Drone came within 200 feet of airliner over New York
updated 3:08 PM EST, Tue March 5, 2013
A U.S. Air Force MQ-1 Predator UAV assigned to the California Air National Guard's 163rd Reconnaissance Wing flies near the Southern California Logistics Airport in Victorville, California, on January 7, 2012. Iranian jets fired on a Predator drone on November 1 over the Persian Gulf, an incident the Air Force says took place over international waters.
- Drone came dangerously close to Alitalia jet landing in New York
- FBI appeals for public's help in finding the drone's owner
- Drone was about three-feet wide with four propellers, FBI says
- Radio communications indicate pilot spotted drone on Monday afternoon
(CNN) -- An unmanned drone came within 200 feet of a commercial jet over New York, triggering an FBI appeal to the public for any information about the unusual and potentially dangerous incident.
The crew of Alitalia Flight 608 approaching John F. Kennedy airport on Monday reported the sighting.
"We saw a drone, a drone aircraft," the pilot can be heard telling air traffic controllers on radio calls captured by the website LiveATC.net.
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The FAA said it was investigating the incident.
The Alitalia aircraft did not take any evasive action and landed safely.
The FBI expanded on the FAA report, saying in a statement that the Alitalia flight from Rome was roughly three miles from runway 31R when the incident occurred at an altitude of approximately 1,750 feet.
The unmanned aircraft, described by the FBI as black and no more than three feet wide with four propellers, came within 200 feet of the Boeing jetliner.
The FBI said it was looking to identify and locate the aircraft and its operator. A source with knowledge of the incident says investigators interviewed the pilot and others on the Alitalia plane.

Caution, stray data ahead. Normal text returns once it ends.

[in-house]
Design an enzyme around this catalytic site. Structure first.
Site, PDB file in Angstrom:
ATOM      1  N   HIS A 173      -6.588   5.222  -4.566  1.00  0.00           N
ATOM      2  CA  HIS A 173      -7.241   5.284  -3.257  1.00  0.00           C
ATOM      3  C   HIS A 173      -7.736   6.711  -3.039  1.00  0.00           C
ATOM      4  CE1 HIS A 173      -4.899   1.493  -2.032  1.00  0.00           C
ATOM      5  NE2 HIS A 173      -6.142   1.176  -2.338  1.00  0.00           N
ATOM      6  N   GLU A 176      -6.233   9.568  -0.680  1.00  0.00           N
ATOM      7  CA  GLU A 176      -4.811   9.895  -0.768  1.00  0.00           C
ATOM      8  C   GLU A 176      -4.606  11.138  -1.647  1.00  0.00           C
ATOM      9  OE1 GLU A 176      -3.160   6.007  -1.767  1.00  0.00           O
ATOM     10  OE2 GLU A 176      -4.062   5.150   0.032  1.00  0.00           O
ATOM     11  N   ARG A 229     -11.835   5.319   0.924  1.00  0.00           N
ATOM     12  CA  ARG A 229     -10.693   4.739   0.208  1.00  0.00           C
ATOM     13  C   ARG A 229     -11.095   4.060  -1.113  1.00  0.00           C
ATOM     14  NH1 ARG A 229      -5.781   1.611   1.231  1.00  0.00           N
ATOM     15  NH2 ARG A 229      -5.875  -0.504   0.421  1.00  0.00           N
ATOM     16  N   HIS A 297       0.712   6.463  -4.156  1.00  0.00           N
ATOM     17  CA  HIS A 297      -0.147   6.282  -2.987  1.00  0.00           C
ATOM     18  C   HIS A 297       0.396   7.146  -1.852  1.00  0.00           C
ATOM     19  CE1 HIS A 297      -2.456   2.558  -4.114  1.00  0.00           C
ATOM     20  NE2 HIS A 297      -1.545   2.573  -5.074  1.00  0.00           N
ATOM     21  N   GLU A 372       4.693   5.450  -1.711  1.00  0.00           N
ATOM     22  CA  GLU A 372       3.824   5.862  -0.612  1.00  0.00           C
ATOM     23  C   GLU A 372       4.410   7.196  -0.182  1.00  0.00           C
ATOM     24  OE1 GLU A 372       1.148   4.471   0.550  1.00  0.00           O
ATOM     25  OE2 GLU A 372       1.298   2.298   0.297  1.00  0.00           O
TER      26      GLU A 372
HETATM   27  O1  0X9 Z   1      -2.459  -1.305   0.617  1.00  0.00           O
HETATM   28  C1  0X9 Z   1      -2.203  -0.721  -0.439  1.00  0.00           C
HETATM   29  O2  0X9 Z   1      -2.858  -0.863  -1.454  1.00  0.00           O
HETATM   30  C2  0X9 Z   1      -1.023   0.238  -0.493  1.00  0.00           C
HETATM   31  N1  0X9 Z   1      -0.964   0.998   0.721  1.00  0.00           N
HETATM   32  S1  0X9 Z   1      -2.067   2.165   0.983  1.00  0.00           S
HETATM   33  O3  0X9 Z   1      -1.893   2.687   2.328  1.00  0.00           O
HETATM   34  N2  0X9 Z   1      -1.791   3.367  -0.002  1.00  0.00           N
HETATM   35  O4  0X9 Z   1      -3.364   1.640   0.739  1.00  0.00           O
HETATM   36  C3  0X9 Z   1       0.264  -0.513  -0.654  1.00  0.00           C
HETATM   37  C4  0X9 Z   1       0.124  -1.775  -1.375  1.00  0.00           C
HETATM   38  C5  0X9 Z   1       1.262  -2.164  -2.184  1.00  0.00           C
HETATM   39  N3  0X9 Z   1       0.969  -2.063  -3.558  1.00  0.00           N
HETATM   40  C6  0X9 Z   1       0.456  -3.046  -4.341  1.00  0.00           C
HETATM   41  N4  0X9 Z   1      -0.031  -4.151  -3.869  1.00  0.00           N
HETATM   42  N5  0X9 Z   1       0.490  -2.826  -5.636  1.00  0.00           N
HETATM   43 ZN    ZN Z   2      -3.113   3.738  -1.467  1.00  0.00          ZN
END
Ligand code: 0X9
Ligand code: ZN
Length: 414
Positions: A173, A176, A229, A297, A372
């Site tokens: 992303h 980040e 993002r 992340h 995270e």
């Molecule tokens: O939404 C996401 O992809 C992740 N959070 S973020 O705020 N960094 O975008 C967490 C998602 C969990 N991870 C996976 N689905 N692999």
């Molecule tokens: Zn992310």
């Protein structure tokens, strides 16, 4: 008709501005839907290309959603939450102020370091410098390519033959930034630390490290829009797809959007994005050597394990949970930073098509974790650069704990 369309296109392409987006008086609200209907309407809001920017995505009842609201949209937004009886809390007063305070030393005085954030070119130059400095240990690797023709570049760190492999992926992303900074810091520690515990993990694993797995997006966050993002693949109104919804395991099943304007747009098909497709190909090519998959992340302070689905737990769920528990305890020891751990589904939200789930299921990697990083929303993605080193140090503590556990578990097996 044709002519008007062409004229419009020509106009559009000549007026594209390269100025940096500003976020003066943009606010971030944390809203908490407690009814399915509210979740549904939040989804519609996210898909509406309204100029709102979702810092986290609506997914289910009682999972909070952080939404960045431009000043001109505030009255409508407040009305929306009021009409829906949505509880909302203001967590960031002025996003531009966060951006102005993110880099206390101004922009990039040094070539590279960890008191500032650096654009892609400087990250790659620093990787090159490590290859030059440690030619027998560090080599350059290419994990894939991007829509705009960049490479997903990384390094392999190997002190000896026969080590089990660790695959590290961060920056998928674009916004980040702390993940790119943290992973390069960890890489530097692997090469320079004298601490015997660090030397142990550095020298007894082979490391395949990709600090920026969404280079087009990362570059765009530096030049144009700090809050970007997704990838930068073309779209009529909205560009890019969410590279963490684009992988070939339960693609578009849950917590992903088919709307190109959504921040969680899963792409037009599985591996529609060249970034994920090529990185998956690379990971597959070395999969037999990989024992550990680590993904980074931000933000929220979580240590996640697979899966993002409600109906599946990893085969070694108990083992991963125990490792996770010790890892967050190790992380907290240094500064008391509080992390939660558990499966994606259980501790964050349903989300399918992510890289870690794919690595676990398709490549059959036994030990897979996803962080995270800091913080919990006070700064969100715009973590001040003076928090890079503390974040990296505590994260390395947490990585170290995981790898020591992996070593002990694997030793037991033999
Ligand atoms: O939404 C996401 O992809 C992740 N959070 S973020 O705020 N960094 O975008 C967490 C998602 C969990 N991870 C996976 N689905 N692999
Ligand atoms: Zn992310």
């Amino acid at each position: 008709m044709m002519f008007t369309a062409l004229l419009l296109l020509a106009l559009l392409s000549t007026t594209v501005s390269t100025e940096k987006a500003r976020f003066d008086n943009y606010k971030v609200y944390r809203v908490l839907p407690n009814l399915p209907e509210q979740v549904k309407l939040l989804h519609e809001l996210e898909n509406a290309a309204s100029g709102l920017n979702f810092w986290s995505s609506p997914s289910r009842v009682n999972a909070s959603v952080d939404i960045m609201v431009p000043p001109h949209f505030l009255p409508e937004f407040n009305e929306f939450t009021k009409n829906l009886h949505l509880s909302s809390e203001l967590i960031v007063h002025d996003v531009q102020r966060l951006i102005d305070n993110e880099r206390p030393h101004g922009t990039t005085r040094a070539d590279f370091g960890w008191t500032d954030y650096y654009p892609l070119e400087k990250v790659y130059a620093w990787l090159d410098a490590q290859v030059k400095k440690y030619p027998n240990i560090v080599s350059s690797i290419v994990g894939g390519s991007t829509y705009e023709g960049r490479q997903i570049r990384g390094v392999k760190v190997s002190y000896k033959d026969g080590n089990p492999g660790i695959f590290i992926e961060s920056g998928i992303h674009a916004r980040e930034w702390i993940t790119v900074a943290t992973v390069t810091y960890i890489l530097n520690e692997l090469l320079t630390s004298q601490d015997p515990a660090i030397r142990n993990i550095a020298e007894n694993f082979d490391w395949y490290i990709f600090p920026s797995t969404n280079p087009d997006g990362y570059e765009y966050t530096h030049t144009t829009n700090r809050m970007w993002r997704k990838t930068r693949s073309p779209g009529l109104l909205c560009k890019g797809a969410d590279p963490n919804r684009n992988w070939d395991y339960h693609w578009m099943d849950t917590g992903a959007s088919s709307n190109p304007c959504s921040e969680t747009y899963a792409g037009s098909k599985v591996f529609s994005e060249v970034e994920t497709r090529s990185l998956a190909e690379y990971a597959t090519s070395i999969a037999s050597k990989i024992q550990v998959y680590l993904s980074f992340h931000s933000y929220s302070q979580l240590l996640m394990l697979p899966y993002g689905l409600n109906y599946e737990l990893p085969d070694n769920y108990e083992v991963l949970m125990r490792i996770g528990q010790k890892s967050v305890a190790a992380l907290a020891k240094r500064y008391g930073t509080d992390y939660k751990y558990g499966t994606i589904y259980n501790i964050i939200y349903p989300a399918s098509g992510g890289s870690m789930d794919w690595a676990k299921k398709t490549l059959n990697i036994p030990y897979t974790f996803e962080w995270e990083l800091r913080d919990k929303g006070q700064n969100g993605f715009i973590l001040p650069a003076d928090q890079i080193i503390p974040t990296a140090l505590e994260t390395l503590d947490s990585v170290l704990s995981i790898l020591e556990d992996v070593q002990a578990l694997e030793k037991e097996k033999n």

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"The FBI is asking anyone with information about the unmanned aircraft or the operator to contact us," said Special Agent in Charge John Giacalone. "Our paramount concern is the safety of aircraft passengers and crew."
Air traffic controllers warned other planes approaching the JFK runway of the drone report, but at least two other pilots radioed they did not see it.
A spokesman for the New York Police Department was not aware of the incident and the Port Authority of New York and New Jersey, which operates the airport, referred CNN to the FAA.
Unmanned aerial systems, sometimes called drones, and other remote-controlled planes could pose a risk to larger passenger aircraft if they collided or were sucked into an engine.
For recreational hobbyists, flying remote-controlled planes is only allowed by the FAA up to 400 feet, and within sight of the operator. If they are going to fly within three miles of an airport, they have to let air traffic controllers know.
Flying unmanned aerial vehicles is illegal for most business purposes; however, governments and public entities such as police departments can apply for permission to operate them.
The FAA has been working to setup new rules and to safely integrate the use of unmanned aircraft into the national air space, and last year opened an "unmanned aircraft systems integration" office.
CNN's Carol Cratty and Rob Frehse contributed to this report.
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